Dems Accuse GOP Of 'Enron-Type Accounting' And Assaults On CBO

Dems Accuse GOP Of 'Enron-Type Accounting' And Assaults On CBO

WASHINGTON -- Congressional Democrats, removed from their rhetorical shackles by the coming Republican control of the House, are accusing the GOP of resorting to "Enron-type accounting" in their efforts to push legislation in the next Congress.

Rep. Chris Van Hollen (D-Md.), the incoming ranking member of the House Budget Committee, warned on Tuesday that Republican leadership is set to implement new rules that would effectively do away with the Congressional Budget Office. The CBO is often regarded as a nonpartisan, independent scorekeeper for Congress. And by taking away its input in legislative matters, Van Hollen said, Republicans were ushering in an era of make-your-own-reality-based budgeting.

"This is a huge loophole for Enron-type accounting ... In the rule they pass tomorrow they are going to reiterate that the chair of the budget committee has the authority to come up with his own estimate of the budget impact of various pieces of legislation," Van Hollen told the Huffington Post. "And a week from now, when they get around to repealing health care reform I think you will see they will go down and say this has zero cost impact."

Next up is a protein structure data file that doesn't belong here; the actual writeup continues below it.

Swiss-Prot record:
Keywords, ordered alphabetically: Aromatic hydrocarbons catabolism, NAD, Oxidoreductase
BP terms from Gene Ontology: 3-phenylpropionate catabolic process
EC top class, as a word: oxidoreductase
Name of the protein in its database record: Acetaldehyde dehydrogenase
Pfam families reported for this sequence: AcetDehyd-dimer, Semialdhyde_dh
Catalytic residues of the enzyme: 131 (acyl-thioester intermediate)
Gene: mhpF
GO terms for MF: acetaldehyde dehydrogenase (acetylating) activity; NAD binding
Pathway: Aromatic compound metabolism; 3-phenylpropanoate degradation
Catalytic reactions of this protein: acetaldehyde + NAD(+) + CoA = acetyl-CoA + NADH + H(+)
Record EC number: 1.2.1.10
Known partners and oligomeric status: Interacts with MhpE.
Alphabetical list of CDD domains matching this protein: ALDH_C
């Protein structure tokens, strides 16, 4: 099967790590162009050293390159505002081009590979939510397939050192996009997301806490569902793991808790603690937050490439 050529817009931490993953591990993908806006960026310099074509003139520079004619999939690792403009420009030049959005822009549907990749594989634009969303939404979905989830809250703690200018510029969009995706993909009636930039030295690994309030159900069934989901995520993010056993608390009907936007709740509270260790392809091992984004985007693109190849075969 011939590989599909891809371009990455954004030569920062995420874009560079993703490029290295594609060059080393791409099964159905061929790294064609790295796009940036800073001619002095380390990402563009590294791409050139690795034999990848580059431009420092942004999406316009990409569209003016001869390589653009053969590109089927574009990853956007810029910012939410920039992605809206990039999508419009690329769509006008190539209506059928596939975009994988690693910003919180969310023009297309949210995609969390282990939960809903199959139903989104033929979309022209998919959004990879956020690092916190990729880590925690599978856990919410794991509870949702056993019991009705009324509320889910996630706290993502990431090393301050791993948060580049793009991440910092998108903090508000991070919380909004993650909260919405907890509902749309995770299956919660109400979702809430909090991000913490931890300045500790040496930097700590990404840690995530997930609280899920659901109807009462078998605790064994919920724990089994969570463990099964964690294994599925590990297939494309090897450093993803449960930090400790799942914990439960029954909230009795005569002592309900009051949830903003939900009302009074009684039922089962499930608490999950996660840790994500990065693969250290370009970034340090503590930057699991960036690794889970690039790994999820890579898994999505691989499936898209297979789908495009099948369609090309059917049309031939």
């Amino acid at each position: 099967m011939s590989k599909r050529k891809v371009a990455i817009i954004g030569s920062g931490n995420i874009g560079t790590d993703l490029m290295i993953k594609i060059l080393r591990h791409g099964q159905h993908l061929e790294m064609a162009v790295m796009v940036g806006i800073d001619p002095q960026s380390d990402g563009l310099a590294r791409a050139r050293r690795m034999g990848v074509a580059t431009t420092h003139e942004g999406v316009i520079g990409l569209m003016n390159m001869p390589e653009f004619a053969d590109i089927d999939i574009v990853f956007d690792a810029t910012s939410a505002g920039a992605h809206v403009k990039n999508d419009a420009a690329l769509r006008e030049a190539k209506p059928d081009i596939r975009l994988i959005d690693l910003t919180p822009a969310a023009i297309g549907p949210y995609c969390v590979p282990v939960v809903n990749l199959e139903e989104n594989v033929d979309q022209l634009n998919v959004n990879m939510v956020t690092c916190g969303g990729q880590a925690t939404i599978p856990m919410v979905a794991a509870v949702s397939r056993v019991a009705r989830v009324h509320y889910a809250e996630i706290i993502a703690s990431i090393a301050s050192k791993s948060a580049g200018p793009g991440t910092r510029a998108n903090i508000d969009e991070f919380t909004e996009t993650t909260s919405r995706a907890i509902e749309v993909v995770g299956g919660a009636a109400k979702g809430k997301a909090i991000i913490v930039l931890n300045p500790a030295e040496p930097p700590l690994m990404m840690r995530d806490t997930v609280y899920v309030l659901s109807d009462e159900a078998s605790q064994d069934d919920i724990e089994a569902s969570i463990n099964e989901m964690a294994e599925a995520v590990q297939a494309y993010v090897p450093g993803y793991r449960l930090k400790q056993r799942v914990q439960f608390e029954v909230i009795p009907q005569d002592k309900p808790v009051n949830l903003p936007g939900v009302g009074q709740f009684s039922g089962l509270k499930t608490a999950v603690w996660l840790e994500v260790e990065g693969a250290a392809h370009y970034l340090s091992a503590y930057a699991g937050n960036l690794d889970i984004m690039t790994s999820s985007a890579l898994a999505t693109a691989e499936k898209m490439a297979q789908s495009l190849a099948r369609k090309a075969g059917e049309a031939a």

"It is a wholesale disregard of CBO estimates," Van Hollen added. "After all, CBO is the one referee we have around here when it comes to the budget. So again, we are watching this unfold. But it does seem that they are putting in place the pieces to allow the Chairman of the Budget committee to literally make up the numbers as they go."

The charges by the Van Hollen are fairly weighty in the wonky world of budgetary politics. But they underscore the extent to which Democrats feel that Republicans are turning the CBO and its scoring into partisan issues. Also on Tuesday, incoming Majority Leader Eric Cantor (R-Va.) accused the budget office of misrepresenting the cost of the health care law for the benefit of persuading skittish Democrats to support the bill (the CBO estimated that the Affordable Care Act will reduce the deficit by more than $100 billion over ten years).

"Rep. Van Hollen was being hyperbolic? NAH - not Rep. Van Hollen!!!" Cantor's top spokesman, Brad Dayspring, told the Huffington Post in an email. "It seems that everybody in America knows that ObamaCare adds to the deficit and kills jobs except Rep. Van Hollen, Rep. Pelosi, and House Democrats who just suffered a historic election loss arguing otherwise."

The debate over both the CBO and the cost of health care reform should intensify in the week ahead, as House Republicans consider a bill to repeal the law. Van Hollen's office has formally requested, and expects to receive, an estimate from the budget office as to the cost of that repeal.

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